Building Your Own Custom Android Rom.

An introduction to building your own Android Rom.

The pieces:

  • Kernel
  • Libraries (and modules)
  • Bootloader
  • Recovery & Fastboot
  • Radio
  • Apps, framework, core, android-runtime, etc…


A kernel acts as a bridge between the applications and the actual hardware of a device. Usually the data processing part is done at hardware level.   The kernel is the most low-level abstraction layer for the resources.

There are several types of kernels, but for building an Android ROM we’ll only focus on the Android hybrid kernel.  Android’s kernel is based on the Linux kernel.  Because devices can differ in RAM memory, ROM memory, hardware parts the kernel must be setup for your hardware configuration.  It’s important you setup a kernel for your hardware or if you’re just looking for all the pieces to make your own rom, then remember to use a kernel that’s been designed to work with your hardware.


What are some reasons you might consider a different a kernel?

Probably the biggest reason people change kernels is for some additional features not present in the stock kernel.  Overclocking is probably the main reason people switch.  I’m guessing here, but I think this is probably the reason people get started with all this. It’s probably a good area to learn about the kernel and how it works because when you overclock the kernel, the CPU will be instructed to do more calculations per second; so, it will increase performance.  It’s a good way to see how the kernel interacts with hardware.


Just like in other areas of development, like web development, you’re going to want to have Libraries.  Libraries make things easier for everyone, by giving you access to something that has already been written and are ready to use.  These are chunk of codes that can be executed by calling them trough a call-method (in java : import somelibrarie.someclass;). These are already pre-written and ready to use. It saves a lot of coding work and keeps the source code small.  Libraries are used in the Windows OS for example are called .dll files (Dynamic Linked Libraries), whereas on your Android ROM or Linux OS these are the .so files (Shared Object) and OSx ~/Library/. When coding in Java you import .jar libraries before the class signature. On your Android you have particular libraries that can’t be absent, or else your ROM can’t boot.


A bootloader in general is the first bytes of code that a machine executes that will tell the boot sequence and will load the operating system into the RAM.  It’s the ARM version of the UEFI/EFI/Bios.  There are really great articles about the difference between a UEFI/EFI/Bios and bootloader.  I believe it’s even the reason behind Linus Torvalds “Fuck you NVIDIA ” comments.  (I think NVIDIA was making undiscoverable busses and just making life hard for Linux users in general.  Read more here about this. ).

To access the bootloader on most Android phones it’s a combination of the power button and a volume button (usually down).

The bootloader can be used as an exploit for rooting an Android phone, and loading a Recovery into as well.  Having a modded recovery makes it easy to flash a new kernel, radio image, ROM, partitions,  and some other features like Dual booting if you get the right Recovery.   There are some really great recoveries out there.  I personally use TWRP with MultiRom which gives my Nexus 6 a nice recovery image that works very well and MultiRom which enables dual booting of multiple OS’s.  Every boot brings you to MultiRom where I have both the Nexus stock ROM and Kali Linux NetHunter project.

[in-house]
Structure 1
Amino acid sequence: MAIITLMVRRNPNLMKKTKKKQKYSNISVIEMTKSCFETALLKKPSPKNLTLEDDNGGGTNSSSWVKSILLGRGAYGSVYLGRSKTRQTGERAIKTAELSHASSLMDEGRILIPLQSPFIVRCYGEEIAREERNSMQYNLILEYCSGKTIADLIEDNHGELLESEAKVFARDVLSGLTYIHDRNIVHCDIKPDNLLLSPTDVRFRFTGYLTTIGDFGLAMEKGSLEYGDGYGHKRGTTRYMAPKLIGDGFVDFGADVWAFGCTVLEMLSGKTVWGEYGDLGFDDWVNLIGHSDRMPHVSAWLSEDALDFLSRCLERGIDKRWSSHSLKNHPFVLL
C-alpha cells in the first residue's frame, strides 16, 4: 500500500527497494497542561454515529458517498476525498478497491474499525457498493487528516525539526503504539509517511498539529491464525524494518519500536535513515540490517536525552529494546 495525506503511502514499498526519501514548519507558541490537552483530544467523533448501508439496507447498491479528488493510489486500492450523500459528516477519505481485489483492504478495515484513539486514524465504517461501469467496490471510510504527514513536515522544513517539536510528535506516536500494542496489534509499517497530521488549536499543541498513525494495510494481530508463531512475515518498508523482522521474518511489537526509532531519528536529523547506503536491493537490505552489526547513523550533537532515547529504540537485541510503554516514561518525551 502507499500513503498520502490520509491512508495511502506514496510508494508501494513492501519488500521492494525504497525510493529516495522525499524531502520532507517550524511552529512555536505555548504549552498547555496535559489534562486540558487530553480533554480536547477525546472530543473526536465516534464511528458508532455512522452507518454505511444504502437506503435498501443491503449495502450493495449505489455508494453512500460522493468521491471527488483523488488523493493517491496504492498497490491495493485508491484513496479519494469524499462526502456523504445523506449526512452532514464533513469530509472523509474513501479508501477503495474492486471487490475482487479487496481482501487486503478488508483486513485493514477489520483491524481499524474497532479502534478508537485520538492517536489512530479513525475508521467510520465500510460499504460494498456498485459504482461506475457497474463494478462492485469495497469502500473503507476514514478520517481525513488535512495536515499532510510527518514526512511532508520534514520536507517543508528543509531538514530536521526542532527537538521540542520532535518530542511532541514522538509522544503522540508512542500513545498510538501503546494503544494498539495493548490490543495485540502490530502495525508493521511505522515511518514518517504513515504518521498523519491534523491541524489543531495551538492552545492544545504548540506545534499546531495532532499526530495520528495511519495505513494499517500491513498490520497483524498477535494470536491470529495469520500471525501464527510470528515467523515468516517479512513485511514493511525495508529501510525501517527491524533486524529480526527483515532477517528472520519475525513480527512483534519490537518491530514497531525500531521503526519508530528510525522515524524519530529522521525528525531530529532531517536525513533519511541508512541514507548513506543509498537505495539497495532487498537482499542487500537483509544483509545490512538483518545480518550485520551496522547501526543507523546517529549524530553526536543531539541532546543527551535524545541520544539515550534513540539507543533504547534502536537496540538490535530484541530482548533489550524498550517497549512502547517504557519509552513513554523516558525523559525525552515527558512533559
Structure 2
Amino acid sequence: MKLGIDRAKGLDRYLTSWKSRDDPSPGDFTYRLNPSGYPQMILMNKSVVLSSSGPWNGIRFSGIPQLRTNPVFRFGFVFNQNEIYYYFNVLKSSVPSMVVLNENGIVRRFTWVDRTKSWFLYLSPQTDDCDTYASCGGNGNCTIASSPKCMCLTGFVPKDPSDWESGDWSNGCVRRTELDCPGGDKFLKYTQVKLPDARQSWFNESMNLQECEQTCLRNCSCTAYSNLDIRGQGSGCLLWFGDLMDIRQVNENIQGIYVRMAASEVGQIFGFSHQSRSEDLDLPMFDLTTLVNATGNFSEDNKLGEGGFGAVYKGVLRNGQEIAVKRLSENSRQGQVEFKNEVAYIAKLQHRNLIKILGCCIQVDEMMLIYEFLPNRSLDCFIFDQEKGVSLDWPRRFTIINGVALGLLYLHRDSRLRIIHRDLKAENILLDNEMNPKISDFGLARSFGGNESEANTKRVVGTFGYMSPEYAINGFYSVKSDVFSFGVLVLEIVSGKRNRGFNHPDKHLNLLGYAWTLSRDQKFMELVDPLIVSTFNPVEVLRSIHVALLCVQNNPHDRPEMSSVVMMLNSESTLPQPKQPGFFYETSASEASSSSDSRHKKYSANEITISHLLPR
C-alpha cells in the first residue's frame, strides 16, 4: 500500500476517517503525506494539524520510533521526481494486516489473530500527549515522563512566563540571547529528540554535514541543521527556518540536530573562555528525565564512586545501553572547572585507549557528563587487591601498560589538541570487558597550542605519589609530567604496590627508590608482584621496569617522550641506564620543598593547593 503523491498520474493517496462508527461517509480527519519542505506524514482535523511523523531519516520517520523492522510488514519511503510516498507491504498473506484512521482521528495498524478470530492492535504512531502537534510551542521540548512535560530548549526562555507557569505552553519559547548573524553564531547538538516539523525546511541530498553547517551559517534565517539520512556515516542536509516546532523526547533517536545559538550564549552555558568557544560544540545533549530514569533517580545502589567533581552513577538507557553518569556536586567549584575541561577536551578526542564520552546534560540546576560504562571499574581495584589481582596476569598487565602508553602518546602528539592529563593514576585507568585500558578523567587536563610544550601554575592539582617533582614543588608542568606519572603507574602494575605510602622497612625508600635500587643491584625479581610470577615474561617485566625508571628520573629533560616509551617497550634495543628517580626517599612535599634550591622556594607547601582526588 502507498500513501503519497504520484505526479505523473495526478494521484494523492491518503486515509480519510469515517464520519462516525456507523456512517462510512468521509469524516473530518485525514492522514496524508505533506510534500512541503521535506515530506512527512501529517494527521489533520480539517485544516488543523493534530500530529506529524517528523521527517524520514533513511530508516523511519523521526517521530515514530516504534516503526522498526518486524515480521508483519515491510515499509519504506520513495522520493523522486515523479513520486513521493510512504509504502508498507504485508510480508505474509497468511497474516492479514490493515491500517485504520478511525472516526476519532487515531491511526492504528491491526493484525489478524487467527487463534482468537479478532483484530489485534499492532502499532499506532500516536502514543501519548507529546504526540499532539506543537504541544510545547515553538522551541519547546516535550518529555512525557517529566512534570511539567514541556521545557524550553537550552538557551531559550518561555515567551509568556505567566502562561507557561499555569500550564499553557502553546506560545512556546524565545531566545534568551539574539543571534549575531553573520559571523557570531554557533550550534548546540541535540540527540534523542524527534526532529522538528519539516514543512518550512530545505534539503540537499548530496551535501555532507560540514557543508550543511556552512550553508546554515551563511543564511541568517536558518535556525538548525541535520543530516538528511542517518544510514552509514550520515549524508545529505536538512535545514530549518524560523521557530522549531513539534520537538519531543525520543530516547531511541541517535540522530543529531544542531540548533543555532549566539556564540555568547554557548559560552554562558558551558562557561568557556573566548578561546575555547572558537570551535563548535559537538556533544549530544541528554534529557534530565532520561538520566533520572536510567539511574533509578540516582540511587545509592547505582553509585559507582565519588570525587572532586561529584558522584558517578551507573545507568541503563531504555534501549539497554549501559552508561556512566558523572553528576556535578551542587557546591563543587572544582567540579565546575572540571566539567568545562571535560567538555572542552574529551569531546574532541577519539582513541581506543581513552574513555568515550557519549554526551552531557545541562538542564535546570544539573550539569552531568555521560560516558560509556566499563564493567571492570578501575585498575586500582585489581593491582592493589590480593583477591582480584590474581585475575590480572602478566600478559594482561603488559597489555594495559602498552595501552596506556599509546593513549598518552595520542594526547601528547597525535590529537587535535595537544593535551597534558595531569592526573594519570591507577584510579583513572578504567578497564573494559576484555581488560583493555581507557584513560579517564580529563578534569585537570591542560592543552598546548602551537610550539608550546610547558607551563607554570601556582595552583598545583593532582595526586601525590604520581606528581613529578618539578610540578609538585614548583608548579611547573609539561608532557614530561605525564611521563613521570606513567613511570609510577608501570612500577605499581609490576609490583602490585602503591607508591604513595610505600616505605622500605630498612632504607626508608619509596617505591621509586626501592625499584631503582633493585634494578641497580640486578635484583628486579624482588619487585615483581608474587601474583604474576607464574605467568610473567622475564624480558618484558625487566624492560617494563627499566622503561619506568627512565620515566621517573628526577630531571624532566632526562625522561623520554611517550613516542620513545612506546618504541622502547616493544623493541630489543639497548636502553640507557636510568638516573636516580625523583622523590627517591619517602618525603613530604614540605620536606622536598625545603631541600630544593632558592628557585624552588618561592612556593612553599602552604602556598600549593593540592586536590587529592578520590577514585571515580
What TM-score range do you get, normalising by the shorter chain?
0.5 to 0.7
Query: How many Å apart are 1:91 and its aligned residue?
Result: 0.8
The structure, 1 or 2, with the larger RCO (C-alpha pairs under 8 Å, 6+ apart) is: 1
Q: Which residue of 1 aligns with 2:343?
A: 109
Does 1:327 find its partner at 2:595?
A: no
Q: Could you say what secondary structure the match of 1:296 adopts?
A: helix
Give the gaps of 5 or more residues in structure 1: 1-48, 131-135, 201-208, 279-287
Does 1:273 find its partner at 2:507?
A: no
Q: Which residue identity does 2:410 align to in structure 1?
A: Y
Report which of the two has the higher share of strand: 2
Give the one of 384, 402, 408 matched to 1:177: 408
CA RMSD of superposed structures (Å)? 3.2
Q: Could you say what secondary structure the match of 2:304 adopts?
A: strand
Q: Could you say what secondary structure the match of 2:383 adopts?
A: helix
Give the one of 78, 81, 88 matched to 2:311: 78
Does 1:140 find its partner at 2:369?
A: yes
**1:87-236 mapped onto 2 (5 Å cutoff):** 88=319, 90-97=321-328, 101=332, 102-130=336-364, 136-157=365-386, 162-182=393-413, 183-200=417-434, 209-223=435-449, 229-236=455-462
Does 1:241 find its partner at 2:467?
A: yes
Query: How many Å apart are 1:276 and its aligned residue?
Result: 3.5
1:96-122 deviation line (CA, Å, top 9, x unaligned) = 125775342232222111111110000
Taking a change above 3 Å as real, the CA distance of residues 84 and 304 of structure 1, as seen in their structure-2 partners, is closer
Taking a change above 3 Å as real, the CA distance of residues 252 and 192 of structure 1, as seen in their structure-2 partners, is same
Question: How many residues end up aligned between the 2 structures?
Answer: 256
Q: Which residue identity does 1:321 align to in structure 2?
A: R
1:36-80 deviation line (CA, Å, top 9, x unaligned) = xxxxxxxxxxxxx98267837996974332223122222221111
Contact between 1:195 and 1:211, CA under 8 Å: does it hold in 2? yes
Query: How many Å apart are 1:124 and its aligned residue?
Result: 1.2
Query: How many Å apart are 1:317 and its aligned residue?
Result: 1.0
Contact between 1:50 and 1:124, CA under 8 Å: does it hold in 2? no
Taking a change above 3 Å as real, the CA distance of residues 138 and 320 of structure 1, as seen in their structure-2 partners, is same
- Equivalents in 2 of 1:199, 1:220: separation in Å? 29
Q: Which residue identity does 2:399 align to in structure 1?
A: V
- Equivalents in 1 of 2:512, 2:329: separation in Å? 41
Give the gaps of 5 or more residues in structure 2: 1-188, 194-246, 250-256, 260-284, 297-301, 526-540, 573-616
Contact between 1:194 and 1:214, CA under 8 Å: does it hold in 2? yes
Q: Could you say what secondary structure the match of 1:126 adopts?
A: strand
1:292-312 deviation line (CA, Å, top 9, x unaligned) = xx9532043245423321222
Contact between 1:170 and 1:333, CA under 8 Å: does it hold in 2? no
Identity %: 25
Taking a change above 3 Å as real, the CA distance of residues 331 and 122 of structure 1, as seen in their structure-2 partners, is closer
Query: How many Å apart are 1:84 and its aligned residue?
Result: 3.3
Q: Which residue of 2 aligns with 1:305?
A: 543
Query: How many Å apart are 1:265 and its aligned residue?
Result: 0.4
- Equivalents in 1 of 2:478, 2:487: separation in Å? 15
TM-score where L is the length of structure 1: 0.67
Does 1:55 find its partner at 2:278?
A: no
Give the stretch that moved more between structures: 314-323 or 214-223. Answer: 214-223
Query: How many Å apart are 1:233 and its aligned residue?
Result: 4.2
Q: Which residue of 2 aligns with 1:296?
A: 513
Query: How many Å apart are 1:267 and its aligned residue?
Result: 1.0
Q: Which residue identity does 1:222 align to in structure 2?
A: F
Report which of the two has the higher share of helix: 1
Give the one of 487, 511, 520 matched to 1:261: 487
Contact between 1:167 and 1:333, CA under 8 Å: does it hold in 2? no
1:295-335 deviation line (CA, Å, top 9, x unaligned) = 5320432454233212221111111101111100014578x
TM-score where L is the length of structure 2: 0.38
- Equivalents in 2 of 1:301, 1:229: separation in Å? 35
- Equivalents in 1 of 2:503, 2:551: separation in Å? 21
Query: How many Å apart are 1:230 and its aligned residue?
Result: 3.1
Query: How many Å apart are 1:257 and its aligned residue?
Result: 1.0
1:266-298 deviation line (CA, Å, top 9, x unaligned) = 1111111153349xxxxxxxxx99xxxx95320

Fastboot is a small tool that comes with the Android SDK (software developer kit) that can be used to re-flash partitions on your device.

Fastboot mode can start on your device even before Android loads (and can even run when Android isn’t installed at all), fastboot mode is useful for updating the firmware quickly, without having to use a recovery mode. In fact, it’s frequently the preferred way to initially install the recovery image on many devices. Fastboot can also be used for developer operations like unlocking the bootloader of Google’s Nexus devices.

The down side to using fastboot is that you’ll have to have a host computer.  However, sometimes if things go very wrong fastboot can get you up and running again.



The lowest part of software layer is the radio: this is the very first thing that runs, just before the bootloader. This handles the GPS antenna, GSM antenna and fires up the CPU; everything that the bootloader needs to load the OS. This can also be upgraded by flashing a new radio image through your recovery.  Flashing a Radio image is something you’ll want to be careful with because if it’s not the correct image or setup right then your device might not start anymore (bricked).  It can be flashed using fastboot or your Recovery.

Some Advice

Something that keeps frustration to a minimum is getting a device that is easily hackable.  Trust me.  This means you’ll get better support in forums like ours and XDA and you won’t have to continually work around some OEM restriction.

A few community favorites can be picked up off contract for cheap on places like amazon and bangood. You can find others but here are our picks.

My personal pick would be the Nexus 5. It’s very cheap now at $175, has a great Ubuntu Touch port, countless roms, and you can even install sailOS, FirefoxOS, and Kali. They can even be installed all at once with Multi Rom! It’s the perfect Android phone to get started in my opinion. Did I mention you can pick it up for $175?

Our Other Picks:
The One Plus One. Hackable out of the box. Similar to the Nexus 5, just more expensive.

Nexus 6: Multi Rom support. Great roms, amazing screen. Our favorite phone to throw Viper4Android on; it’s a great music phone.

Eddie Dounn

Web developer by day. Enthusiast by night. Owner of VAZED

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